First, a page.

by Andie Wells
There’s a lot of love – and work – that goes into each of The Dandies’ fandom improv costumes. That’s why, today, I want to take you behind the scenes, sharing how a costume is transformed from an idea into a finished garment, ready for the stage!
Fandom Improv Costume Making: The idea stage
Step 1: Inspiration
Inspiration for The Dandies’ fandom improv costumes starts with watching or reading the fandoms themselves and getting drawn in by their costumes. Most recently, I have been wanting to create some of the gorgeous costume pieces from the Outlander, especially anything Claire wears on the show. (Want to see The Dandies do Outlander too? Leave us a comment on this blog or on Facebook or Instagram and your wish may just come true!)
Step 2: Sketching
I sketch out a lot of ideas – more than I could possibly keep up with!
My sketches are made using fashion croquis from Cashmerette (along with sewing patterns, they provide sketchbooks with plus-sized croquis) or My Body Model (a site that allows you to input measurements and create your own croquis) or sometimes sketched freehand. It helps to see the costume on a different body than the actor portraying the character so that I can understand style lines and design. Sometimes, I will make design changes based on how the costume might look on the body I am designing it for – these design changes aren’t major but are meant to look better on the actual person than a direct copy. I prefer to design for people first based on their own needs. As much as a design can look great on the original actor wearing it, it might not look perfect on everyone and I take that into consideration all the time. The needs of fandom improv can also be different from those of a TV series, so I will also make changes like extra pockets or moving a zipper around on request.
Fandom Improv Costume Making: Moving from idea to reality
Step 3: Patterns
Since I am not a pattern designer, I work from existing sewing patterns and “hack” (to take a pattern and make adjustments in the design) them into what I want. Sometimes a single sewing pattern can be useful for multiple fandom improv costumes and no one would be wiser.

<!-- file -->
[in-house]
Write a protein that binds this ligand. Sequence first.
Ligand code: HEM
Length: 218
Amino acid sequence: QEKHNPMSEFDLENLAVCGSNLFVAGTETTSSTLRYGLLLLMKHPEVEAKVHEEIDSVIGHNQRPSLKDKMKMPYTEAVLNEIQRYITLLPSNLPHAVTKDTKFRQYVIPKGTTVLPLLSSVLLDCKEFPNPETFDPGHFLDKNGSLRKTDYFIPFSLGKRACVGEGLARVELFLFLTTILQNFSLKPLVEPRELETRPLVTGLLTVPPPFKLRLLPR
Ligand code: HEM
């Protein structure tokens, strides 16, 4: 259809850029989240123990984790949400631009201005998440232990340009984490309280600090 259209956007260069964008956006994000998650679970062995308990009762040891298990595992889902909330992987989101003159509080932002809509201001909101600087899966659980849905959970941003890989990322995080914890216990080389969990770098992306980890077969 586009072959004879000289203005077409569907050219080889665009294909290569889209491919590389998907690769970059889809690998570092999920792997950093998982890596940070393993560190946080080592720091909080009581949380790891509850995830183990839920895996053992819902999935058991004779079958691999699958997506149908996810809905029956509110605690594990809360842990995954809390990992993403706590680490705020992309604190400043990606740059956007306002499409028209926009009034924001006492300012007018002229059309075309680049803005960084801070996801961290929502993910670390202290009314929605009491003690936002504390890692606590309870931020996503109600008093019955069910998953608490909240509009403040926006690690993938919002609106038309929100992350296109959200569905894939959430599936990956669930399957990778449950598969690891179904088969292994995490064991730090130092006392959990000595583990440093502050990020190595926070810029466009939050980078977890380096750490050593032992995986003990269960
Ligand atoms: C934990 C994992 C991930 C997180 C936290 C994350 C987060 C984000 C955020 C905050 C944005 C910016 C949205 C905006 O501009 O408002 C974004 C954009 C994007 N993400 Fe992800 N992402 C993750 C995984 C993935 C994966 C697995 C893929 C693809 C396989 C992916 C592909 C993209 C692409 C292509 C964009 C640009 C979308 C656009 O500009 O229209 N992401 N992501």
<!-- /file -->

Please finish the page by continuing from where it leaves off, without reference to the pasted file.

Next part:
For example, Mccall’s 7216 is a pretty generic uniform jacket for men. I have “hacked” it into two different Star Trek uniforms for The Dandies troupe member Velvet Wells – a Kirk admiral jacket (below) and a Picard dress uniform (top of page).
Step 4: Sourcing Fabrics
This step actually takes a lot longer than one would believe. Having worked with a large range of fabrics, I can get pretty picky about what works and what doesn’t, especially when it comes to costumes for live fandom improv performances. People don’t want to perform in uniforms that are too hot or uncomfortable. I tend to lean towards natural fibres for stage garments, but sometimes that is not always possible to get a good replica of the original version. I will search for ages to find the appropriate fabric.
Step 5: Sewing and Final Product
Sewing, for me, is the easy part! It usually goes quickly and is lots of fun.
When the costume is done and the person looks great and is beaming with confidence, I can see how my process made that happen. I love creating costumes for diverse people and considering the person’s needs first. It makes all the difference!
Want to know more about what’s going on behind the scenes at The Dandies? Learn all about how we choose the source material for our fandom improv shows and why costumes are an offer in fandom improv!